Queensland’s premier, Annastacia Palaszczuk, has moved to tighten political lobbying rules ahead of a key report being released into her own government’s integrity.
Prof Peter Coaldrake is due to hand down his final report into government accountability and integrity on Tuesday.
In April, his interim report found lobbying was widespread, escalating and lacked proper regulation.
Coaldrake said he would consider steps to ensure the ministerial code of conduct “has teeth and is observed” in his final report.
Palaszczuk on Monday pre-empted his possible recommendations and announced changes to the lobbying code of conduct. She said anyone working for a lobbying firm, except for administration staff, will be deemed a lobbyist.
“That basically means anyone working for a lobbying firm will need to be registered as a lobbyist,” Palaszczuk told reporters.
Lobbyists will only be allowed to contact a minister’s chief of staff, she said, and must request all meetings in writing.
“There will be no lobbying activity for those under a senior adviser in a ministerial staff … the people who are appropriately trained, and have extensive knowledge of their portfolio responsibility,” Palaszczuk said.
Lobbyists will no longer be allowed to write “other” as the subject of their meetings with ministers in the official register. Palaszczuk said lobbyists would have to detail the subject of a meeting with a minister, while the minister would have to include those details in their ministerial diary as well.
She said she was also prepared to make any other changes recommended by Coaldrake. Palaszczuk has previously promised to order a royal commission into government integrity if that’s advised.
The Liberal National party’s deputy leader, Jarrod Bleijie, dismissed the changes as “window dressing”.
“We all know the premier announcing this … is nothing more than an attempt by the premier to look like she’s doing something, instead of actually doing something,” Bleijie said.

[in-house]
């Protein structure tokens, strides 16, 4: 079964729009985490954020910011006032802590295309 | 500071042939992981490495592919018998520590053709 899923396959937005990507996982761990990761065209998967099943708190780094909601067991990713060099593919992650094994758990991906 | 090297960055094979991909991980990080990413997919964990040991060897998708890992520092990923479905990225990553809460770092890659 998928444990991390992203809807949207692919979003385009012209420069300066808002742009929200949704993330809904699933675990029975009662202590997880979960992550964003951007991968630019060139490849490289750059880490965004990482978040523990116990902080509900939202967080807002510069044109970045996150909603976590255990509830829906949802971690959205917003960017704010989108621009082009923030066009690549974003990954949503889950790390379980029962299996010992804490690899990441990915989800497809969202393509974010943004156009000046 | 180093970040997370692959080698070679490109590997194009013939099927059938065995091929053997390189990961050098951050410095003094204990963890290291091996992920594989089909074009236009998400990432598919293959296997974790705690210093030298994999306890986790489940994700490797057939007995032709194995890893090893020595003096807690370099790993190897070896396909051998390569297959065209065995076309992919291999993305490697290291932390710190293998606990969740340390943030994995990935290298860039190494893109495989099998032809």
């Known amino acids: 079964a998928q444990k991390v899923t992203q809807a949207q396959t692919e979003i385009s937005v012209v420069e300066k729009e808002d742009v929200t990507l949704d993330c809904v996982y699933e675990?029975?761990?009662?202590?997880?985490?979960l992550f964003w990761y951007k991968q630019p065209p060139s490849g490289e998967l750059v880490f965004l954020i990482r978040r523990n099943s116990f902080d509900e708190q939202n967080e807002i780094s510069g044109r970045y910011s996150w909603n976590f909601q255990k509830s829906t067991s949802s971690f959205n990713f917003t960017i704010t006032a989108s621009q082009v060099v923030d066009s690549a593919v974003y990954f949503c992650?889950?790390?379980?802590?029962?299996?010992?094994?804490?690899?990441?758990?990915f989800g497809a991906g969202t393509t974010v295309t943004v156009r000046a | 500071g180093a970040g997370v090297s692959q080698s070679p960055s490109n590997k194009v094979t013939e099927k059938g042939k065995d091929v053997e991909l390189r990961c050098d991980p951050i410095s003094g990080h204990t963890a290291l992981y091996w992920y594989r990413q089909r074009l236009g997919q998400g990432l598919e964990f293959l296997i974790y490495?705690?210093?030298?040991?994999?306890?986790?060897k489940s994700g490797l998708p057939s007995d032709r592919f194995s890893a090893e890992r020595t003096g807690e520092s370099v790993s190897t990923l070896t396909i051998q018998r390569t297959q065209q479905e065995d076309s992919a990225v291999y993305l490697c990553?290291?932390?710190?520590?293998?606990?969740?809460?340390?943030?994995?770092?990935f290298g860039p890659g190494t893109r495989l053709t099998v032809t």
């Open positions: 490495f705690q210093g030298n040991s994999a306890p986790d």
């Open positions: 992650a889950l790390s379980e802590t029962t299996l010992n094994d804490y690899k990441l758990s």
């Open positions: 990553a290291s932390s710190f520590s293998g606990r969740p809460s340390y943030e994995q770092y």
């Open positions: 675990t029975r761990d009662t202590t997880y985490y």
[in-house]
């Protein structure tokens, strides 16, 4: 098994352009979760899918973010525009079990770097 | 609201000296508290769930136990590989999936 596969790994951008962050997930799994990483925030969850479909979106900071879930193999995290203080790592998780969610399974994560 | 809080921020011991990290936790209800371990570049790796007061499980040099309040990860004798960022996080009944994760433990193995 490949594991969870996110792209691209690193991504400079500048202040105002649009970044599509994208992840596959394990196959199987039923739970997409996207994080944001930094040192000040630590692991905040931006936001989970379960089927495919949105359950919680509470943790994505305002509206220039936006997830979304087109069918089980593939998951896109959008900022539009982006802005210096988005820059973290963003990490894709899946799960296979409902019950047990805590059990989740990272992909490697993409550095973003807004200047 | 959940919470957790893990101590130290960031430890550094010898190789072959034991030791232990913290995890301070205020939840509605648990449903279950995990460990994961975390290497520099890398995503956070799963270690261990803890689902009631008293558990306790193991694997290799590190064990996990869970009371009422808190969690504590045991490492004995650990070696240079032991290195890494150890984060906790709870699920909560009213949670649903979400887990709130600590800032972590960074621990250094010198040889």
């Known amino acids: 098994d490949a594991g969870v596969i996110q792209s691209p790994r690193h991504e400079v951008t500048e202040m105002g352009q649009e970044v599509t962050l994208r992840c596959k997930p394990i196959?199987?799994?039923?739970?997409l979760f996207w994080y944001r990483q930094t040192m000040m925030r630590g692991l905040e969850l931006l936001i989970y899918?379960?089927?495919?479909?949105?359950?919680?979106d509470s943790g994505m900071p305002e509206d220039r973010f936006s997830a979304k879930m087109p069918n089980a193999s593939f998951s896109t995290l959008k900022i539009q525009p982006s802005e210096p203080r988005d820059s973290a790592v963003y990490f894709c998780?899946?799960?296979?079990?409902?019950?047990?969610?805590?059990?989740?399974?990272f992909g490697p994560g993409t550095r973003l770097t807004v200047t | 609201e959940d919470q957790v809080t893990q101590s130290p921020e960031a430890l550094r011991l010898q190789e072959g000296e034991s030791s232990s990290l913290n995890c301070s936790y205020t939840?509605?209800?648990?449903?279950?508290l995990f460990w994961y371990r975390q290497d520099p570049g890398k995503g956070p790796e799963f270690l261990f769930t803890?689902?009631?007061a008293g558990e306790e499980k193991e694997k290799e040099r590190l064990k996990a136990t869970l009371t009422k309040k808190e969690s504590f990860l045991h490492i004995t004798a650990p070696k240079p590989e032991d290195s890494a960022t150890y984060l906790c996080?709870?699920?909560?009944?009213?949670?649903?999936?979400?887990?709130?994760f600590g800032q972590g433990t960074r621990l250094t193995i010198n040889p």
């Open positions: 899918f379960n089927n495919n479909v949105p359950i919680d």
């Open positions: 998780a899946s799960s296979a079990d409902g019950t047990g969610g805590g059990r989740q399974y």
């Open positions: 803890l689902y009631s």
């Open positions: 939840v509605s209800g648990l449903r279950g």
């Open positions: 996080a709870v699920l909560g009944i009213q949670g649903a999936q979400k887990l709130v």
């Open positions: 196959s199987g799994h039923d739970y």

“Clearly the premier sees this as a political issue, not an integrity issue.”
Coaldrake’s interim report said the lobbyist register “is not doing the job which was intended” and found evidence of politicisation in the public service and ministerial staffer “overreach”.
He noted 988 recorded meetings between registered lobbyists and ministers or officials in 2020-21, four times the average annual amount over the previous nine years.
However, the report warned actual lobbying contacts could be up to five times higher than the figure recorded due to a rise in unregulated lobbying.
Earlier this month, the corruption watchdog reported lobbying had surged since the Palaszczuk government was re-elected in 2020, increasing the risk of corruption.
The Crime and Corruption Commission said its investigations showed state government decisions “can be inappropriately influenced”.
Donors, lobbyist clients and people with political links have won government contracts, project approvals, grants or subsidies, it said, and some groups and individuals also have disproportionate access to government ministers.
One in 10 public servants had witnessed or suspected people from the private sector pressuring a politician, the watchdog said. About 14% had witnessed or suspected people from the private sector pressuring public servants.